By Megan Whitfield | @M_eganWhitfield
I grew up next door to my best friend.
It feels like a cliché when I say it, a stereotypical suburban upbringing if ever you’ve heard it.
Sophie and I met at kinder, and were thrilled to find out that not only did we live close by, but we were literally across the street from each other. Think of the sleepovers we could have! The tunnels we could build to connect our bedrooms!
We would spend all day together, anxiously waiting for either parent to come and collect us, begging to turn it into a sleepover. Countless summer afternoons were spent in my cubby house, or going for bike rides that in reality lasted about 10 minutes before turning into hours-long gossip sessions on the local primary school play equipment. Every week Carlton had a home game, you could count on a knock on the door, and a desperate Soph seeking refuge.
All the wholesome goodness you’d expect from what sounds like the beginnings of a heart-warming coming-of-age movie.
Admittedly, we don’t completely fit the cliché. We weren’t absolutely inseparable only to drift apart in high school, one of us the popular jock, the other the loner, the nerd. And we haven’t discovered that all this time we’ve been madly in love.
But you know what? It was still pretty great.
I grew up with two back yards, two bedrooms, and two pantries. Countless baking sessions have been saved by the generosity of the Antidormis. I once went over to borrow an egg and came home with a 10kg bag of onions- I’m still not quite sure how it happened.
Sadly, it seems that these neighbourly relations are no longer so commonplace. The more friends I spoke to about this article, the more I realised that my upbringing was unique.
Most of my friends don’t know their neighbours at all, the exception being a recognisable face here and there.
According to a survey of 1,010 Australians conducted by Finder.com.au, a mere 17% of us would be able to name the people living right next door.
Brunswick dweller Jas Mee Lee can relate.
“I wouldn’t even recognise [my neighbours],” she tells me-and that’s after living in her house for two years.
What’s more, she’s okay with that. A few years ago, Jas moved from Brisbane to Brunswick, and had very few connections here in Melbourne. However, forging relationships with her neighbours didn’t cross her mind.
“In an abstract sense, I knew I wanted to go to university and would be working full time-I’d find my friends that way.”
What is causing this shift in attitudes?
Changes in the way we live appear to be a major contributing factor, with the rise of highrise and apartment complex living alongside housing affordability and renting culture all influencing our priorities.
Results from a study conducted of 1000 Australians by Jigsaw Research in 2015 suggest that for 80% of participants, this was their biggest priority. As such, the desire to set up roots is impacted.
Apartment-complex resident Emma Pruys has experienced this first-hand.
“The biggest thing is the changeover… a lot of people are here short-term. I’ve been here for about 12 months… and I think almost half the residents on my floor have changed.” That’s six new sets of neighbours for her floor alone, in only a year.
Making the effort to get to know her neighbours just doesn’t seem as worth it.
“It might be different if I were raising a family,” she thinks, but for now “on the list of things, it’s not as important.”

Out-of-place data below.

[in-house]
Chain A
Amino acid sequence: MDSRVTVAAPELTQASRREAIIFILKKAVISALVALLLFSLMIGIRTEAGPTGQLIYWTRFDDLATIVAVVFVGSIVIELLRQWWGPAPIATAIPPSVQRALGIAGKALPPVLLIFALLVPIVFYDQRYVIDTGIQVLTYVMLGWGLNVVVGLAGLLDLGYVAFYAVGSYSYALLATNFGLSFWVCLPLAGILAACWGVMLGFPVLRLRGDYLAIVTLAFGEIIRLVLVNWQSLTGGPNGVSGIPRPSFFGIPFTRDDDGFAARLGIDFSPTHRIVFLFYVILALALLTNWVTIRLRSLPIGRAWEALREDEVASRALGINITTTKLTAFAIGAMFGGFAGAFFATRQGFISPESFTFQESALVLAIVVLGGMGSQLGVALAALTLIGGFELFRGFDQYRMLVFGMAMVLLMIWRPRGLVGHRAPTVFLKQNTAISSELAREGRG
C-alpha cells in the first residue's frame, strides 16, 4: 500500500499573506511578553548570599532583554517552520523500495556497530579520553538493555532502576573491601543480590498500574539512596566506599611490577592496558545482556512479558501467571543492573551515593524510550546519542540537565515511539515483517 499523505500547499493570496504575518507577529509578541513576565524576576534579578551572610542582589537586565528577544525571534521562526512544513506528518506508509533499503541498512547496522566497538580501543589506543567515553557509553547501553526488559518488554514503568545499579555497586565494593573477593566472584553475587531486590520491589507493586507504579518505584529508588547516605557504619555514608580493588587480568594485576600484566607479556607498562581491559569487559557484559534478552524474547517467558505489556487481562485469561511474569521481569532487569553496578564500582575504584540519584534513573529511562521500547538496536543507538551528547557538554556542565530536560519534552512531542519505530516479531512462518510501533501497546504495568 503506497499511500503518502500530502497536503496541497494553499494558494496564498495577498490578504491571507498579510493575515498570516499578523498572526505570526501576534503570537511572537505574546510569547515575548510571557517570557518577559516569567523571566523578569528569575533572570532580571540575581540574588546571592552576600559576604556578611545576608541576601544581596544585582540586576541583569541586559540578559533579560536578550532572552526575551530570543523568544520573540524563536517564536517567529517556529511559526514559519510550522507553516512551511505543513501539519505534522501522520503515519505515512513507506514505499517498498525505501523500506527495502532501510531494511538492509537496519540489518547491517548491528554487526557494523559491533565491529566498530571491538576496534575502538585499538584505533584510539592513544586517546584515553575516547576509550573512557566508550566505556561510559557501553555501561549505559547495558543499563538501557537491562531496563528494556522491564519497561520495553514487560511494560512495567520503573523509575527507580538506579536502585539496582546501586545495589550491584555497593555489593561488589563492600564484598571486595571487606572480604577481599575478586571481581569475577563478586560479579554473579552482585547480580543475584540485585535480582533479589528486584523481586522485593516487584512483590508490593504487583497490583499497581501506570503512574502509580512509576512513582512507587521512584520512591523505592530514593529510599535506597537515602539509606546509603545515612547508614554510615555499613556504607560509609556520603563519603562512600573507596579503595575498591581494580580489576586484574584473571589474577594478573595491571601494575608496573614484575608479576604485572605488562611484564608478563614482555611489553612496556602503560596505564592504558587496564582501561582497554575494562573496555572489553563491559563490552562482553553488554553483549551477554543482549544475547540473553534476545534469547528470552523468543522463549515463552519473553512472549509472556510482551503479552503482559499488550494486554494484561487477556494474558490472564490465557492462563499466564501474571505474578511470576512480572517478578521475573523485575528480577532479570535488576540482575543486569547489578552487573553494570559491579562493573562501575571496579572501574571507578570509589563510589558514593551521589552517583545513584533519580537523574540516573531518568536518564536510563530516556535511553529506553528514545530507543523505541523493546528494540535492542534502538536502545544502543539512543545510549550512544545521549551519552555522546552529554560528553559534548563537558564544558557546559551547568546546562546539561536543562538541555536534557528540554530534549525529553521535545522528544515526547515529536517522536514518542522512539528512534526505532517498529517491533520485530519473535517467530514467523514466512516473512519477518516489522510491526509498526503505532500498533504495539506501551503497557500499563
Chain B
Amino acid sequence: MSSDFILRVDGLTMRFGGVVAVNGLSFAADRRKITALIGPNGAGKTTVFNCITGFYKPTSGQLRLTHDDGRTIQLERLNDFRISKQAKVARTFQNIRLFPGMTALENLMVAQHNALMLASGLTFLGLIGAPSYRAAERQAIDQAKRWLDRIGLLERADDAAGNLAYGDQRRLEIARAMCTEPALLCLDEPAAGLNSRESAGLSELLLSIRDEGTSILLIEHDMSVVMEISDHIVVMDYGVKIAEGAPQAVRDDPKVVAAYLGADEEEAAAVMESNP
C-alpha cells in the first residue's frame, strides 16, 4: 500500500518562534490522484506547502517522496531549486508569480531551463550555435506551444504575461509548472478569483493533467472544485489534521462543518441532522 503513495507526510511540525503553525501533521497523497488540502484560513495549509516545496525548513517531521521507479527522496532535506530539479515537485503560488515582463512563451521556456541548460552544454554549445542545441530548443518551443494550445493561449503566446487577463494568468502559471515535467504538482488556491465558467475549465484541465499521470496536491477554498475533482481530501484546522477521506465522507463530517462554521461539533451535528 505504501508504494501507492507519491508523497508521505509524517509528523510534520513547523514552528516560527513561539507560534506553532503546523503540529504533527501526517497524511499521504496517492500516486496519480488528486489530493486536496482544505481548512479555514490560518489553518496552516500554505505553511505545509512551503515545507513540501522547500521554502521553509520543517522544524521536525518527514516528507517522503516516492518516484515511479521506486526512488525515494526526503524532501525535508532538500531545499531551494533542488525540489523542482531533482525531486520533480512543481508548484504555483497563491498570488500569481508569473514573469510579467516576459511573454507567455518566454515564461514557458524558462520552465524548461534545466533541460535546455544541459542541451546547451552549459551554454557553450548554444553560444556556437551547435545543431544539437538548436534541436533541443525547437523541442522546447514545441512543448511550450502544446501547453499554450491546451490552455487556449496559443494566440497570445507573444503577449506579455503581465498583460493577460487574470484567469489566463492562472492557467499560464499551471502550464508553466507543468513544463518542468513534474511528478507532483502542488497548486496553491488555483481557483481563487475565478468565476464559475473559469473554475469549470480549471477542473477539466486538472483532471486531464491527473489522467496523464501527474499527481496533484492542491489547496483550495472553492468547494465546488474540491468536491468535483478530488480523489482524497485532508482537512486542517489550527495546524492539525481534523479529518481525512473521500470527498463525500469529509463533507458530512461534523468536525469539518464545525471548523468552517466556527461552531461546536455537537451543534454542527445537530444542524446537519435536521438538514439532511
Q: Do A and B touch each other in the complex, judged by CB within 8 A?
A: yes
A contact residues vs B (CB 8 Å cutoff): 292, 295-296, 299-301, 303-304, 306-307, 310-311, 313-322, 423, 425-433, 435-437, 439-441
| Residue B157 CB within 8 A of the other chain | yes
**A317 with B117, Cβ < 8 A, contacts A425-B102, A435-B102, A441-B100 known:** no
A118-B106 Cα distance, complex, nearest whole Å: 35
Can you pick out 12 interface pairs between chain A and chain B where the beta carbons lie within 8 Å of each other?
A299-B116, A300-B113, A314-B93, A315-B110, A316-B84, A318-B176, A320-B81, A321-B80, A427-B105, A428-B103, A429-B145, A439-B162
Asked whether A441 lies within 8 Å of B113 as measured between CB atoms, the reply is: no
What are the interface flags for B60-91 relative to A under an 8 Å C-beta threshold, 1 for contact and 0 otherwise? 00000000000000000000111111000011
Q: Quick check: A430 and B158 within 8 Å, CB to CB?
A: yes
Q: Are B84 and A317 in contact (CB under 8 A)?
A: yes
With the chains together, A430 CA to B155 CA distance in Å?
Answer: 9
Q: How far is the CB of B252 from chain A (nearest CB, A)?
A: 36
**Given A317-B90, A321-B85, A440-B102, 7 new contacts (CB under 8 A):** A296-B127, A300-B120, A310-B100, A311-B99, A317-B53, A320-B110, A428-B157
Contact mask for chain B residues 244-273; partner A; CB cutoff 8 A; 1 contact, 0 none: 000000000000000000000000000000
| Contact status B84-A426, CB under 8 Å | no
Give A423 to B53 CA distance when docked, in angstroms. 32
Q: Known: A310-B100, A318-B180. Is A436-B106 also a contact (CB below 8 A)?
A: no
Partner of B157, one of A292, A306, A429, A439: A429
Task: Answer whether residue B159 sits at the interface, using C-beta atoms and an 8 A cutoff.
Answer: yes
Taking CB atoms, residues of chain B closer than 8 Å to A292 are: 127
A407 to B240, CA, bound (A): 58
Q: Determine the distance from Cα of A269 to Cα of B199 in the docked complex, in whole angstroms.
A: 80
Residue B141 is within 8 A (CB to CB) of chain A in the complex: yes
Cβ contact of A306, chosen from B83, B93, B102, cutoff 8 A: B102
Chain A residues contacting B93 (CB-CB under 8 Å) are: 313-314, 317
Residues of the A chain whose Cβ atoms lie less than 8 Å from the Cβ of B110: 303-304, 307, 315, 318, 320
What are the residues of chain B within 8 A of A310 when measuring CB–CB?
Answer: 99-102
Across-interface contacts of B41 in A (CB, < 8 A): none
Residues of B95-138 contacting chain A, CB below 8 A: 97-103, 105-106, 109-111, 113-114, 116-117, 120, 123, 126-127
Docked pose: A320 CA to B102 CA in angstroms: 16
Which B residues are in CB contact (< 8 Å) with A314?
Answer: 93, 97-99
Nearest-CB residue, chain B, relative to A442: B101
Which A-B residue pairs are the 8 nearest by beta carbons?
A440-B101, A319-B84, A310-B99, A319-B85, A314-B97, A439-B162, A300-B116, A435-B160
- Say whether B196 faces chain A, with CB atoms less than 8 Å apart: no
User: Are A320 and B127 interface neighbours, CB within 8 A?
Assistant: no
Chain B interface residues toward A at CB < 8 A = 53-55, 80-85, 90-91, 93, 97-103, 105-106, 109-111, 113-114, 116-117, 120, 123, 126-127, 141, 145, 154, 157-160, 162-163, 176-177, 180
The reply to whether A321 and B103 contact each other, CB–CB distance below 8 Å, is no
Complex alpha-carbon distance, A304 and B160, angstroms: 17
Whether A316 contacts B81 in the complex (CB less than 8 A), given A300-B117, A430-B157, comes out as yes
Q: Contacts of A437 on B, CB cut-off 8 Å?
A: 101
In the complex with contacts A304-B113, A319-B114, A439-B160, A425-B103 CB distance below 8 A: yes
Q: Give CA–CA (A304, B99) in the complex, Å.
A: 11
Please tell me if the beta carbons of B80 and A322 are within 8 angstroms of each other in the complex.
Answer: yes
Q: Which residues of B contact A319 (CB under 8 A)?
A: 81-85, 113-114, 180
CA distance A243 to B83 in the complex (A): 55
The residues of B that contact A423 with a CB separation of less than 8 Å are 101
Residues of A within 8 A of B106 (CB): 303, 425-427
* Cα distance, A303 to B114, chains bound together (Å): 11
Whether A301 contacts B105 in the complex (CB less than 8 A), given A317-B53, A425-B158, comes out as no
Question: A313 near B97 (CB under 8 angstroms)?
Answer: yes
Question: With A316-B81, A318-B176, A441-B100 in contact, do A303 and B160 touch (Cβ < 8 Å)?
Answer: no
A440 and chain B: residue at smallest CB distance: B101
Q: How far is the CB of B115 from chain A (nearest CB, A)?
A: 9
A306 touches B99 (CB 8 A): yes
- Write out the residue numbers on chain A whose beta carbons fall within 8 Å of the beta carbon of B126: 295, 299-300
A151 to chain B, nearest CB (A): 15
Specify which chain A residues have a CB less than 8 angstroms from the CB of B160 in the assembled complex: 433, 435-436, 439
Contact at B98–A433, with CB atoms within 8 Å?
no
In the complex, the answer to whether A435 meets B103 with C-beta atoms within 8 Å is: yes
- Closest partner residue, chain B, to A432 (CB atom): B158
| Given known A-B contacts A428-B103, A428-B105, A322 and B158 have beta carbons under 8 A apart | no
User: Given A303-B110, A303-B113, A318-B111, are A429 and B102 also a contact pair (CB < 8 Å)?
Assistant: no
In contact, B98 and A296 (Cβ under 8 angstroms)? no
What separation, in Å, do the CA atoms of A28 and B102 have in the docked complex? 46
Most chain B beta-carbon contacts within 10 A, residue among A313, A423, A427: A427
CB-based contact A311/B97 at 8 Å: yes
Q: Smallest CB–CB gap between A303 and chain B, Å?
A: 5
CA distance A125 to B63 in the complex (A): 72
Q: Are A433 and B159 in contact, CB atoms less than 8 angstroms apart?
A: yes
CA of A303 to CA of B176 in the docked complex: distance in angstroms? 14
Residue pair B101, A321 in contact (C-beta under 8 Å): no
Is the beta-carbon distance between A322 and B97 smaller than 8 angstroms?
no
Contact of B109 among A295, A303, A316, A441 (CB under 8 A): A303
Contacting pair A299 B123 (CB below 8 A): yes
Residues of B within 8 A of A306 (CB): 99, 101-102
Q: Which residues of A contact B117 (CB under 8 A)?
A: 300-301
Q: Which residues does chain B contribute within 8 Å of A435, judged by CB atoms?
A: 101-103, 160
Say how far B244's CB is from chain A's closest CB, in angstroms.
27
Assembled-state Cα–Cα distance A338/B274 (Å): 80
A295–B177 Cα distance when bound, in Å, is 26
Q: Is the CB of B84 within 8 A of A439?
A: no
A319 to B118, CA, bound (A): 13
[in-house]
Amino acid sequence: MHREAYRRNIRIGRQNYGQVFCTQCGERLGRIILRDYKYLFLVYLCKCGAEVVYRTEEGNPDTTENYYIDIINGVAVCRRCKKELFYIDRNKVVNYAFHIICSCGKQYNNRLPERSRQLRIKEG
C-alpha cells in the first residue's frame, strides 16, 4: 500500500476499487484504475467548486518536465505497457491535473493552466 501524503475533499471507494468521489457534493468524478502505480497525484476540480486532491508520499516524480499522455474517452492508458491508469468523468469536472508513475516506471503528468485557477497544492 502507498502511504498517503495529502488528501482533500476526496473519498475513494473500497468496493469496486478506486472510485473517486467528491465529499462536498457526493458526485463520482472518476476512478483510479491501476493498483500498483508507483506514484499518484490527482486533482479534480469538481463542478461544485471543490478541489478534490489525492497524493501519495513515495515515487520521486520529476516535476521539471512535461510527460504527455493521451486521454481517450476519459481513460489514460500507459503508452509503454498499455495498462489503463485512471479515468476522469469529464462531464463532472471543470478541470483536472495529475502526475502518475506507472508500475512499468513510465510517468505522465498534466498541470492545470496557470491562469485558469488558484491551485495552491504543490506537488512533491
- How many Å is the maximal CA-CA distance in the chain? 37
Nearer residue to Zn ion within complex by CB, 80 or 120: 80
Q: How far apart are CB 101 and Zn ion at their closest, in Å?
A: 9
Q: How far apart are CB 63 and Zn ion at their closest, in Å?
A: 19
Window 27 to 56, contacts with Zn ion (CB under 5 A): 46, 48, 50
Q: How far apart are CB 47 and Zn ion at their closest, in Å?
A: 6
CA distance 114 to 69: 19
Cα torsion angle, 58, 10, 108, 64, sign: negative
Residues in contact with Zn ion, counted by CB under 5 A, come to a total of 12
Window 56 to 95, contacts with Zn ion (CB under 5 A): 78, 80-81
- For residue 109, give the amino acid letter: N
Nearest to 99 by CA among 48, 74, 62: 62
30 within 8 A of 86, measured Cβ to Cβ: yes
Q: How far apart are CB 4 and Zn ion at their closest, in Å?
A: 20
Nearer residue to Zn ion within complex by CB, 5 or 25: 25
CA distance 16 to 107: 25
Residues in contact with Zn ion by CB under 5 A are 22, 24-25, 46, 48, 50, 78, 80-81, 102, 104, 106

And sometimes, the privacy can just be nice.
“Particularly in apartment-living, it can be nice to keep a degree of separation. You can chat to people out on the balcony, but still have that space of your own.”
I pose the same question to both Jas and Emma-would you think of knocking on the door of your neighbours’ place for an ingredient you needed while cooking?
They’re not alone in this choice- according to the aforementioned study, only 52% of Australians would invite a neighbour into their home.
It seems the stereotypical act of ‘borrowing a cup of sugar’ may be dying out.
Professor Charlotte Williams, dean of Social Work at RMIT, contends that the urbanisation of our society plays a big role in this.
She recently conducted a study on wellbeing based around Footscray, and found that residents were very unlikely to turn to neighbours and rely on them for social support, preferring to speak to someone from their own background instead.
“The rental sector can disrupt the potential for more than just a wave,” explains Williams.
Further, “houses used to be developed for more connectedness, whereas now in the suburbs some tend to build their own ‘palace’ of sorts.”
People come and go through their garages, unseen by their neighbours.
“More and more people are living in the suburbs due to affordability, but these suburbs often lack the infrastructure for convivial exchange,” she notes.
The same goes for high-rise and apartment complex living.
“People are very isolated.” While technically they may have more neighbours than ever, “there’s no sense of interaction.”
However, Professor Williams points out, perhaps we’re not as disconnected as it seems. We shouldn’t forget the power of nostalgia-perhaps we’re simply attached to the notion that people were more connected back then. Now, our relationships are “just more varied… we have a new ‘localism’.”
Nonetheless, it can’t be denied that these relationships remain important.
Williams phrases it particularly eloquently.
“In the face of a big, curious, wide world, the social glue is of great importance.”
So, maybe times are changing. Maybe now we have to work a bit harder to build these relationships.
But they are absolutely worth the effort.
And to Sophie, if you’re reading this… you’re never allowed to move. Sorry.